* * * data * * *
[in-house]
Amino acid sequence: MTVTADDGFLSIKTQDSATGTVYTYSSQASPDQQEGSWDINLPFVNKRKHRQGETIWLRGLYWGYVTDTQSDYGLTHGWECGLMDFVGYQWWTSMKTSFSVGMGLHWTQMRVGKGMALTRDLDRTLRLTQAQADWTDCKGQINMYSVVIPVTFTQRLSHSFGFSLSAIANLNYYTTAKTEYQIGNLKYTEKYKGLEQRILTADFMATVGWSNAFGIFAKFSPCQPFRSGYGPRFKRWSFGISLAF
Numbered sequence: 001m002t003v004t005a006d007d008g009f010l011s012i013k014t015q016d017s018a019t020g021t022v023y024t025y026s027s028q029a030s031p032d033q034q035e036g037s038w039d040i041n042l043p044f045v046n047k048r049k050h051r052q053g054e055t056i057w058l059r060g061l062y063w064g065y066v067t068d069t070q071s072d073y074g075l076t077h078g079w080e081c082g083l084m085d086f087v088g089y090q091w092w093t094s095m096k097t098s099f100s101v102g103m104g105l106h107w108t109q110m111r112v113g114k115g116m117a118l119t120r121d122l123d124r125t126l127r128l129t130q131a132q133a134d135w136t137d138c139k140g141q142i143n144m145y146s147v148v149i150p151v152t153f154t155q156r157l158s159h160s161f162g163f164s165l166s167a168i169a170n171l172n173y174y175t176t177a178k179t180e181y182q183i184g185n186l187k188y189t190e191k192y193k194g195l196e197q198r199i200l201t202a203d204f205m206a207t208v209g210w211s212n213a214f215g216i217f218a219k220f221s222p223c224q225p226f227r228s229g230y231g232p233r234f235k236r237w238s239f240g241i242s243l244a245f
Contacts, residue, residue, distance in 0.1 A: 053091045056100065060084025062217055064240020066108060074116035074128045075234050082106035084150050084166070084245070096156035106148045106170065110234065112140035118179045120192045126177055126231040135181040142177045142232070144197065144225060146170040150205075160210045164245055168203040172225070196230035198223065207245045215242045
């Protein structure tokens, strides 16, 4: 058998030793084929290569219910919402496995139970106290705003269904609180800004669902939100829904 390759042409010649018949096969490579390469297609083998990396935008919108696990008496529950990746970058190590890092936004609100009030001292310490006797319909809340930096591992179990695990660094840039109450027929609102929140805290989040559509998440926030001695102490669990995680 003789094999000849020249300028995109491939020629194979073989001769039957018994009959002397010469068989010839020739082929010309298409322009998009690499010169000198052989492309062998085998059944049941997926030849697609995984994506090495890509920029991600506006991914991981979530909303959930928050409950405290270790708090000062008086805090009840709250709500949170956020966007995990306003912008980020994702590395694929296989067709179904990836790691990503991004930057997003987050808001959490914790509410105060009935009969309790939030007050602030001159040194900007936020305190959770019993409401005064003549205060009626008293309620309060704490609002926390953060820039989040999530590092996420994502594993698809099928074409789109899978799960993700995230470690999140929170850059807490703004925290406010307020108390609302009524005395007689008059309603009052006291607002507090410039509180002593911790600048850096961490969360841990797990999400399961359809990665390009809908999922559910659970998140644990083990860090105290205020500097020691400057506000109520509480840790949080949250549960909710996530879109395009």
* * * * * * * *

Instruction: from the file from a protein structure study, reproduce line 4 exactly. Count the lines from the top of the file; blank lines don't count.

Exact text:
Contacts, residue, residue, distance in 0.1 A: 053091045056100065060084025062217055064240020066108060074116035074128045075234050082106035084150050084166070084245070096156035106148045106170065110234065112140035118179045120192045126177055126231040135181040142177045142232070144197065144225060146170040150205075160210045164245055168203040172225070196230035198223065207245045215242045